We can all agree that recruiting is not what it used to be. The time of college coaches coming to a family’s home and explaining why they want you to play for them is long gone. The internet, more specifically social media, has changed the recruiting process forever. The good news is that 95% of recruiting is done online now, making it easier than ever for potential recruits to be reached. College coaches work hard to find the best student-athletes on the market, and it can be challenging to cut through all the noise on the internet.
To make the recruiting process easier, let’s look at some of the most common mistakes that families are making.
Not getting started soon enough.
The most incorrect phrase uttered in today’s recruiting world is, “If someone is good enough then colleges will find them.” Tell that to people like people Vincent Jackson, a multiple NFL Pro Bowler, who received only one athletic scholarship offer at the last second from Northern Colorado. How does someone this talented fly under the radar for so long? It wasn’t due to lack of potential or academic failures, Jackson had academic honors and over a 4.0 GPA. Jackson, like many prospects, made the mistake of not taking the recruiting process serious until senior year.
Many parents are under the assumption that recruiting doesn’t begin until their child’s senior year. Sometimes parents will tell me “My kid is only a freshman (or sophomore),” as if college coaches aren’t looking at underclassman. The truth is, colleges can start sending out general information to families as soon as freshman year. There are rules in place to limit when college coaches can reach out to contact players directly, but it doesn’t mean they are not watching. According to studies done by the NCAA, 85% of Division 1 prospects are identified by their sophomore year. However, year-after-year parents wait until the last second to finally reach out and get exposure for their child. I talk to parents daily that think someone else is going to help their child get recruited, which leads to the next common mistake.
Expecting the high school or club team coaches to get them recruited
“It’s my high school coaches job to get my child recruited.” This is a logical assumption. Coaches are invested in your child’s athletic and academic progress in high school, making it easier to assume they are getting your child to that next level, right? Well… not really, for several reasons. Not all coaches have the same level of enthusiasm for their players’ future. On a regular basis, I hear a large fraction of parents say, “THE COACHES AREN’T HELPING AT ALL!” (Add frustrated tone of voice). For the families in this similar situation, you can relate to this.
High school coaches are well connected with college coaches.
For all I know, your child’s high school coach plays golf with Nick Saban and vacations with Geno Auriemma. Not only are these scenarios highly unlikely, it is uncommon that high school coaches have many college contacts. There are over 900 college football programs, 1,200 men’s soccer programs, 1,500 women’s soccer programs, about 1,700 baseball and softball programs, and almost 2,000 men and women basketball programs each. On top of that, college coaching jobs have extremely high turnover.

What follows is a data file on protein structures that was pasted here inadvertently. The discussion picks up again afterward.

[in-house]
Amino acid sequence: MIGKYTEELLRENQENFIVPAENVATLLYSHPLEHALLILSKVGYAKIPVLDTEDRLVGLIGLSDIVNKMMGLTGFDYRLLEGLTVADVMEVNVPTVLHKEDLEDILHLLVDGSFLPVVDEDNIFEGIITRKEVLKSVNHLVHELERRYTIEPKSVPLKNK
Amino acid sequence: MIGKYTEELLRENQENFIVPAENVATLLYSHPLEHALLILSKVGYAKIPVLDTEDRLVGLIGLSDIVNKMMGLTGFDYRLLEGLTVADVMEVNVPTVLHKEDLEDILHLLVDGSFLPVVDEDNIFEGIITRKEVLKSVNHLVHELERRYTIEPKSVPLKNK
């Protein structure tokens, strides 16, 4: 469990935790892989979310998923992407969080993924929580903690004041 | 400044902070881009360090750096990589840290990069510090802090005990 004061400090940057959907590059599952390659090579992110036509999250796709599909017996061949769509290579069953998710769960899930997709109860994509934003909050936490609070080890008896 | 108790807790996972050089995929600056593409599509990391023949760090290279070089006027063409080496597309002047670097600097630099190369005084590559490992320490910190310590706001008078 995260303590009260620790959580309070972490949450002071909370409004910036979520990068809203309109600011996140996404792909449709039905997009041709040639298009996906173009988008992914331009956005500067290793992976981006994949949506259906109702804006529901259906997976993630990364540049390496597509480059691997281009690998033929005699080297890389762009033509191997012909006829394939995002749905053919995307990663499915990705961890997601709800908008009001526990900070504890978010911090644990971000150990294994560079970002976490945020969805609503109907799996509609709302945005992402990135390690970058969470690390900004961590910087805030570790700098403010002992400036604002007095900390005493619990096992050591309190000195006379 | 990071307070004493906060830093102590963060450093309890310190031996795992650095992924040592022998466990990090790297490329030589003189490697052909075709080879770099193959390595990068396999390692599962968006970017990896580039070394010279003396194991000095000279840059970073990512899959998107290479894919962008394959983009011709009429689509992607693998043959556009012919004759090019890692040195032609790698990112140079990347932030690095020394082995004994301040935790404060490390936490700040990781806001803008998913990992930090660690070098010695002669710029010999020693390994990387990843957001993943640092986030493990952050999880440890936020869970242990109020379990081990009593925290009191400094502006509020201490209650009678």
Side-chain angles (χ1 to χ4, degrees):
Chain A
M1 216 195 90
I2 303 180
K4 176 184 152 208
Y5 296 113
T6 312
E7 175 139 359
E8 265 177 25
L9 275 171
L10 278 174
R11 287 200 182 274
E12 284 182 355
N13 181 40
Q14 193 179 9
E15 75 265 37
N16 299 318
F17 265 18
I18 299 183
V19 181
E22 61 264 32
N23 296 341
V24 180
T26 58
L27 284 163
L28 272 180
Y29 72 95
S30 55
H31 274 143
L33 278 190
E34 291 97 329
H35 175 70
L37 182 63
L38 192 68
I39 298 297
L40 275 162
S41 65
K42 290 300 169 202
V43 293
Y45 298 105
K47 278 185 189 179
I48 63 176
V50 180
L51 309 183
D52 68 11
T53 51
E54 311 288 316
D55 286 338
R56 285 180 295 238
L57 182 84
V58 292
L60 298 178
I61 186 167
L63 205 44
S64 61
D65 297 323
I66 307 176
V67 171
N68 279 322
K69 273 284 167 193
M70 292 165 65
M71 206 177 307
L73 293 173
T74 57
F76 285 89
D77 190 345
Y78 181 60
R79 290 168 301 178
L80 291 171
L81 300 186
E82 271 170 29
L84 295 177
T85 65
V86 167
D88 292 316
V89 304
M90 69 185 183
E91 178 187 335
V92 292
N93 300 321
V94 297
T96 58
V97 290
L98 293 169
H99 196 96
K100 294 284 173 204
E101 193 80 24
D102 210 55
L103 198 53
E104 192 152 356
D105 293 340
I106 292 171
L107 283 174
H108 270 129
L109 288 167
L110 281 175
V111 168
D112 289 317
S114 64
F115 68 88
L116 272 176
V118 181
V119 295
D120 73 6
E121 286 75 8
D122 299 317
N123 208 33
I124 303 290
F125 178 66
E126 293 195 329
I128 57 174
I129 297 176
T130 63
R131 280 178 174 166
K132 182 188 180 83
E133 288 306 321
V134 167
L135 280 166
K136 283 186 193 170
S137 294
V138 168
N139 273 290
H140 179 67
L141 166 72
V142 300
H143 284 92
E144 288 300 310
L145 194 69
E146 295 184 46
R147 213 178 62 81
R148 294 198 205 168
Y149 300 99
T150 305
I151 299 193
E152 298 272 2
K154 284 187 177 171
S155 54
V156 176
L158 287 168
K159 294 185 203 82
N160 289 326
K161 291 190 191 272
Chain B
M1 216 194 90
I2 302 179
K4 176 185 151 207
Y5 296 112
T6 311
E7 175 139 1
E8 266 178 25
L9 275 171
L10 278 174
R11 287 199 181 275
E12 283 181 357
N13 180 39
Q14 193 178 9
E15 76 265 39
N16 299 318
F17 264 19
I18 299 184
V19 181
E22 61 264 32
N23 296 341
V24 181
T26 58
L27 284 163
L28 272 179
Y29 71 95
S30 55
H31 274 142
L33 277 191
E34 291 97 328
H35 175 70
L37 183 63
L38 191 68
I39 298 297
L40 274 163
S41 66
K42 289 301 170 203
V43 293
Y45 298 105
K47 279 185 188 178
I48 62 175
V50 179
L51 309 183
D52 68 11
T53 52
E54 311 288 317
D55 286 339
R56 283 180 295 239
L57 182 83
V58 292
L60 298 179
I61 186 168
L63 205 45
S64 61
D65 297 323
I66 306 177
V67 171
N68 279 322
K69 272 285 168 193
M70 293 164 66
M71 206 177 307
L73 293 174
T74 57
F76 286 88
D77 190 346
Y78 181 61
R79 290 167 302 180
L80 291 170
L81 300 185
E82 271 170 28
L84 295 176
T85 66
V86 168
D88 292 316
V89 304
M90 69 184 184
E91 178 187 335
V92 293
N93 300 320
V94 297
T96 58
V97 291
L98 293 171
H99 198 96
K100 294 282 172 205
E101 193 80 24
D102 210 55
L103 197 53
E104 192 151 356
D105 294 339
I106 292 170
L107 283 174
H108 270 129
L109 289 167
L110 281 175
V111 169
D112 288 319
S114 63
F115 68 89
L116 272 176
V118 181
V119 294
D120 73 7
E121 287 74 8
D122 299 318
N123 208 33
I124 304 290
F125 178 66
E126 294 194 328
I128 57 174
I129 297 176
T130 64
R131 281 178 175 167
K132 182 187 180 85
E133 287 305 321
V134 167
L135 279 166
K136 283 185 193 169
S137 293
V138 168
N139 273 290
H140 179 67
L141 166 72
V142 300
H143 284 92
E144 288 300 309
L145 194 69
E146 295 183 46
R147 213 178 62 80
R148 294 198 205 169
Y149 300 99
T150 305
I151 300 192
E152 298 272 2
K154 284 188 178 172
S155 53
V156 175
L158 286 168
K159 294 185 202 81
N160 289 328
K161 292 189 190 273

Waiting for colleges to contact your child.
Every year there is another university facing charges of recruiting violations. There are recruiting regulations in place to prevent schools from overwhelming students with continuous contact, but there is nothing getting in the way of families reaching out to schools and initiating the contact themselves. The sad truth is most families I speak with haven’t reached out to anyone, nor have they considered that being a realistic option. The bottom line is, waiting for colleges to miraculously start calling is a strategy that continuously fails.
Not having film online
Having film online for coaches to see is ESSENTIAL. With the level of technology, you could film, edit, and upload to YouTube before your kid gets on the bus. Filming a shaky video that’s decent quality together isn’t ideal, but that is better than not having any film available. This is especially true for sports that don’t have a systematic measurable to evaluate players. Sports like football and baseball rely heavily on measurable like the 40-yard dash, throwing velocity, etc. Sports like basketball, soccer, and lacrosse are not as cut-and-dry when it comes to measurements. The only way to get the whole story, and show how well an athlete can read the field, is to watch these athletes play.
Now you know some of the common mistakes, what’s next?
It is totally normal to feel overwhelmed with the recruiting process. Start early by researching schools that and looking at what they offer academically and athletically.
Like previously mentioned, there are no rules for students reaching out to college coaches and initiating the contact. High schoolers should be calling coaches, sending emails, going on visits, and even writing letters. It’s important to start building relationships with coaches. This shows initiative and determination; qualities college coaches look for in athletes. Do something to make yourself stand out from the crowd. If you are ready to start creating a recruiting game plan, we would love to help you create a profile that has everything college coaches need to recruit student-athletes.